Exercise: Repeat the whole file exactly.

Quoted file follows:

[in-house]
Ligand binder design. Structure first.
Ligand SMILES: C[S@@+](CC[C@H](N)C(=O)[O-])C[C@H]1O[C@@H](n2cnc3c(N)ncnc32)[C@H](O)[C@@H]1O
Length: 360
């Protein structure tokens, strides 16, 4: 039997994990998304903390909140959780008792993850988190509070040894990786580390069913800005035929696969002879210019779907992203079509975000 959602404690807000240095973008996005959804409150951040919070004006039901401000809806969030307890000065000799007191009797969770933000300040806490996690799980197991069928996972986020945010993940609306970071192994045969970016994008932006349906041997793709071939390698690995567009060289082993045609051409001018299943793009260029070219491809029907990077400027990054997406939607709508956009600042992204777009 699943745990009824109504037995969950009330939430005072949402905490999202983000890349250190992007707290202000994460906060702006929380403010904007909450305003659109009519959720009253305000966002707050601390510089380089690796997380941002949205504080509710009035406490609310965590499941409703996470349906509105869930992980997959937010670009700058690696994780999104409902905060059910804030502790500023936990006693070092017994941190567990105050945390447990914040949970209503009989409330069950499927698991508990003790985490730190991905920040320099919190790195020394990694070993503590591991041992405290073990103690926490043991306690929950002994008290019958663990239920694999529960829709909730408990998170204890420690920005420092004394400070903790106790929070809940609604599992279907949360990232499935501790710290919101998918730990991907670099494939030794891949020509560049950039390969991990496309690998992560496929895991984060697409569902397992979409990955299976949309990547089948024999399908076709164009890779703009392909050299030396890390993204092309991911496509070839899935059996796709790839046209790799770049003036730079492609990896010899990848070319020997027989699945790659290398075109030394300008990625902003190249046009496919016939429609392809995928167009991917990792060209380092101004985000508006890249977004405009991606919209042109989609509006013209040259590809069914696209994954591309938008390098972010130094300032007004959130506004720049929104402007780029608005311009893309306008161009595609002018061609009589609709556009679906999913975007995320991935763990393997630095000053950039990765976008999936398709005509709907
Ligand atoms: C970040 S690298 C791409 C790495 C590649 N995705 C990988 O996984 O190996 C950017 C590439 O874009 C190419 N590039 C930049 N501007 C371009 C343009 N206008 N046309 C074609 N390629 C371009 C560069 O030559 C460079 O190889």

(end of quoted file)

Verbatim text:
[in-house]
Ligand binder design. Structure first.
Ligand SMILES: C[S@@+](CC[C@H](N)C(=O)[O-])C[C@H]1O[C@@H](n2cnc3c(N)ncnc32)[C@H](O)[C@@H]1O
Length: 360
């Protein structure tokens, strides 16, 4: 039997994990998304903390909140959780008792993850988190509070040894990786580390069913800005035929696969002879210019779907992203079509975000 959602404690807000240095973008996005959804409150951040919070004006039901401000809806969030307890000065000799007191009797969770933000300040806490996690799980197991069928996972986020945010993940609306970071192994045969970016994008932006349906041997793709071939390698690995567009060289082993045609051409001018299943793009260029070219491809029907990077400027990054997406939607709508956009600042992204777009 699943745990009824109504037995969950009330939430005072949402905490999202983000890349250190992007707290202000994460906060702006929380403010904007909450305003659109009519959720009253305000966002707050601390510089380089690796997380941002949205504080509710009035406490609310965590499941409703996470349906509105869930992980997959937010670009700058690696994780999104409902905060059910804030502790500023936990006693070092017994941190567990105050945390447990914040949970209503009989409330069950499927698991508990003790985490730190991905920040320099919190790195020394990694070993503590591991041992405290073990103690926490043991306690929950002994008290019958663990239920694999529960829709909730408990998170204890420690920005420092004394400070903790106790929070809940609604599992279907949360990232499935501790710290919101998918730990991907670099494939030794891949020509560049950039390969991990496309690998992560496929895991984060697409569902397992979409990955299976949309990547089948024999399908076709164009890779703009392909050299030396890390993204092309991911496509070839899935059996796709790839046209790799770049003036730079492609990896010899990848070319020997027989699945790659290398075109030394300008990625902003190249046009496919016939429609392809995928167009991917990792060209380092101004985000508006890249977004405009991606919209042109989609509006013209040259590809069914696209994954591309938008390098972010130094300032007004959130506004720049929104402007780029608005311009893309306008161009595609002018061609009589609709556009679906999913975007995320991935763990393997630095000053950039990765976008999936398709005509709907
Ligand atoms: C970040 S690298 C791409 C790495 C590649 N995705 C990988 O996984 O190996 C950017 C590439 O874009 C190419 N590039 C930049 N501007 C371009 C343009 N206008 N046309 C074609 N390629 C371009 C560069 O030559 C460079 O190889």